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Chance Phone Call Sheds New Light On Pompallier Mission


A chance phone call between Heritage New Zealand Pouhere Taonga Northland Manager Bill Edwards and retired solicitor Rick Norris has added a new layer of information about one of New Zealand’s oldest historic buildings.

“Rick had contacted me to talk about some of the historical events around the sacking of Kororareka which took place in March 1845. In the course of our conversation he talked about some of his ancestors he has been researching, including Sarah Cains who had arrived in Kororareka in 1839,” says Bill.

“The information he shared has a really interesting connection to Pompallier Mission – the historic printery and headquarters of Bishop Pompallier’s Marist mission to western Oceania in the 1840s, which is now cared for by Heritage New Zealand Pouhere Taonga.”

Both the Pompallier Mission printery and Russell’s Christ Church are the only two buildings to survive the sacking of Kororareka in 1845.

“Rick sent me a couple of obituaries which he had found through his family research – one from the Evening Star of 1889, and the other from a 1925 edition of the Auckland Star. Both contained information that has enhanced our understanding of what was happening at the time,” he says.

One obituary recounts the story of William Cains whose family had settled at Otuihu Pa. The homestead was quite exposed during the tensions leading up to the Northern Wars and beyond.

“The obituary written for Sarah Cains – William’s widow – records that ‘Mrs Kanes [sic] and her family were often in great danger of their lives’, and that their lives were saved only after ‘mediation of friendly Natives’,” he says.

“The obituary also records that a party of Ngapuhi built a six-foot palisade around their house as a protection.”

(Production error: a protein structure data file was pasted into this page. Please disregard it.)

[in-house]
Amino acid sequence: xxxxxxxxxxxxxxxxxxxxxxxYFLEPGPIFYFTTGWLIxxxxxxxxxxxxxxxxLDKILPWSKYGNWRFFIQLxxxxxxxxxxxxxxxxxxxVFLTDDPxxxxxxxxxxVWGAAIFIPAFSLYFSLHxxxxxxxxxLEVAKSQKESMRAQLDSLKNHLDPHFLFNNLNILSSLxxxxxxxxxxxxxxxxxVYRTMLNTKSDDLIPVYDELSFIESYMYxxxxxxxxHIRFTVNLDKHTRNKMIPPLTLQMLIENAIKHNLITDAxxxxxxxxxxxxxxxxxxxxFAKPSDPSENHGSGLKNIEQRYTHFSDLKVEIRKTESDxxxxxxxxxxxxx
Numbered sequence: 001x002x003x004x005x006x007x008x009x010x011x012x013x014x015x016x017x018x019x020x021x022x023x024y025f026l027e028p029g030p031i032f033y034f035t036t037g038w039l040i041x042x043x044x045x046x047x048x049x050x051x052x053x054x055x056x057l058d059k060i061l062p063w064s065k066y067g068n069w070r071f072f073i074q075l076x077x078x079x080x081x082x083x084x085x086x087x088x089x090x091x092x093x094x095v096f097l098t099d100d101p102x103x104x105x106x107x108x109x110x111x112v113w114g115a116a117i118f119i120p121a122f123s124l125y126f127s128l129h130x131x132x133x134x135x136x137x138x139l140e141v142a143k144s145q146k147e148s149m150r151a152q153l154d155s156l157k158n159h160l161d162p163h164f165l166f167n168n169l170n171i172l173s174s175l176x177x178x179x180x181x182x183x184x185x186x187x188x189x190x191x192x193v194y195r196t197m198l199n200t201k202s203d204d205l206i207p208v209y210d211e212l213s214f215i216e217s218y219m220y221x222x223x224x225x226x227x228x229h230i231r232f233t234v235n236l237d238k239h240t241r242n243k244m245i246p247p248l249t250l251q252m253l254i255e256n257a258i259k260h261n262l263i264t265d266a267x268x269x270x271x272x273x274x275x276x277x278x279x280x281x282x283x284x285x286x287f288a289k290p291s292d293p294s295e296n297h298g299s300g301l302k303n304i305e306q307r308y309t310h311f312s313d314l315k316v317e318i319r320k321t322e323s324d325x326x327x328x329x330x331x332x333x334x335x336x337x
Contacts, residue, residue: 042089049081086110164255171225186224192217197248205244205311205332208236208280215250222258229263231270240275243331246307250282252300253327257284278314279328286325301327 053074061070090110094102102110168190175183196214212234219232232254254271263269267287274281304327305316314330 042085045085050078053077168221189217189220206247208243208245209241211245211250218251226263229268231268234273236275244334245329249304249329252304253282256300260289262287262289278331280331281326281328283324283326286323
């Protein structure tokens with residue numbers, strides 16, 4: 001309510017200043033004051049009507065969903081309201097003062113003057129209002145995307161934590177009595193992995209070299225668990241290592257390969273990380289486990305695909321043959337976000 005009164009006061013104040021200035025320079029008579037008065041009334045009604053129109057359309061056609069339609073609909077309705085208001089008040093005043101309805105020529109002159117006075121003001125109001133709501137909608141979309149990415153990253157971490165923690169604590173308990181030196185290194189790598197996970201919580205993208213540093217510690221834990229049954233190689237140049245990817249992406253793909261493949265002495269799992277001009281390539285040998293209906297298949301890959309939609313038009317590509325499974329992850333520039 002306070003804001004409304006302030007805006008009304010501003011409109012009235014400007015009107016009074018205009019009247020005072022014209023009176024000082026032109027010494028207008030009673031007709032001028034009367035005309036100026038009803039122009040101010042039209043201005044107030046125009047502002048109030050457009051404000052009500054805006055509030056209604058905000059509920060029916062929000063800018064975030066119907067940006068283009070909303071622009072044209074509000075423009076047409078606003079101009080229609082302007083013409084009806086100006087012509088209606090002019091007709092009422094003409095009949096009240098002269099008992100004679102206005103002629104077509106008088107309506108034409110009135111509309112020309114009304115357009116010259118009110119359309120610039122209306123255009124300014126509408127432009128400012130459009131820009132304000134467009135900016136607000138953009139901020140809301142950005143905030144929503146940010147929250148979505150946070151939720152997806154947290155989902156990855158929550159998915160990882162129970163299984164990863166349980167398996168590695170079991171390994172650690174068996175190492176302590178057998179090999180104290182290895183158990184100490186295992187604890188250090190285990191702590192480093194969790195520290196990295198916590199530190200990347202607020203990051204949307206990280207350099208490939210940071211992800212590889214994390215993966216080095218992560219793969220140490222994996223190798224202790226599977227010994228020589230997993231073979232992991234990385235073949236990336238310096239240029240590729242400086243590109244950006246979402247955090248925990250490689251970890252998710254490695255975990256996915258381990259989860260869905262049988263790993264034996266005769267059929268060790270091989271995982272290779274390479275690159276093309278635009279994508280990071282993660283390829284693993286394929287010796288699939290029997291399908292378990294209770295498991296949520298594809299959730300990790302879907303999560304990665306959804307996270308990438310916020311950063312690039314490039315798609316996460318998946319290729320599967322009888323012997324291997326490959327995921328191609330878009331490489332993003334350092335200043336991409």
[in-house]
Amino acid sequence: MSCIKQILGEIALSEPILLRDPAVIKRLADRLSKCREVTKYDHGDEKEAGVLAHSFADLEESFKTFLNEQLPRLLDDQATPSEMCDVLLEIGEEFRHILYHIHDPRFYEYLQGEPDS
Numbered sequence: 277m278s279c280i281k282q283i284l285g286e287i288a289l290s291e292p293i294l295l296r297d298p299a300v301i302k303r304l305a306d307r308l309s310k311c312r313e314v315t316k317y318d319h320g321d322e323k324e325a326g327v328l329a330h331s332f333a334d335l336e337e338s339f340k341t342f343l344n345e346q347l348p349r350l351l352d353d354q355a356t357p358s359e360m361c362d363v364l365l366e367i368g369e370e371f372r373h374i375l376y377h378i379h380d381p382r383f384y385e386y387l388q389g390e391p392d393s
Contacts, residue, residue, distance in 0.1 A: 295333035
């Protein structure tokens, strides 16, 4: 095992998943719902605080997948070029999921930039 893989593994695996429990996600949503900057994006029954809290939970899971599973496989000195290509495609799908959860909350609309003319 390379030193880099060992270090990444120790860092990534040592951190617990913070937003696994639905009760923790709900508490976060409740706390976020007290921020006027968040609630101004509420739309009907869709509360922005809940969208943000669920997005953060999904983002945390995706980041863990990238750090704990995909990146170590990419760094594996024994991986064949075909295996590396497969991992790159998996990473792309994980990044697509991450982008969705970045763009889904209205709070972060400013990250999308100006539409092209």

According to Norris family history, during the sacking of Kororareka, William’s daughter Phoebe took refuge in Christ Church. At the same time her father William showed extraordinary courage bordering on audacity.

One of the obituaries records that William purchased the sacred emblems of the Catholic Church from some of the ‘rebel Maoris’ preventing them from being destroyed or damaged, and returned them to the priests later on.

“The obituary records that the priests ‘repaid him by many kind attentions during his long illness prior to his death’,” says Bill.

“The Marist brothers were based at Pompallier Mission. They would have been very grateful that these sacred emblems were returned. You can imagine their sense of joy when they found that these taonga had been saved.”

The story, which would otherwise have been hidden in obscurity in an obituary written in 1925, is an example of how research is an ongoing process that never ends.

“The account of William Cain is a historical footnote in some ways – but sometimes these footnotes can provide some fascinating insights and shades of colour that enrich our understanding of history,” he says.

“The amazing thing is that these vignettes can come at any time including casual conversations; and the most unlikely sources, like obituaries published in the Auckland Star 95 years ago.”

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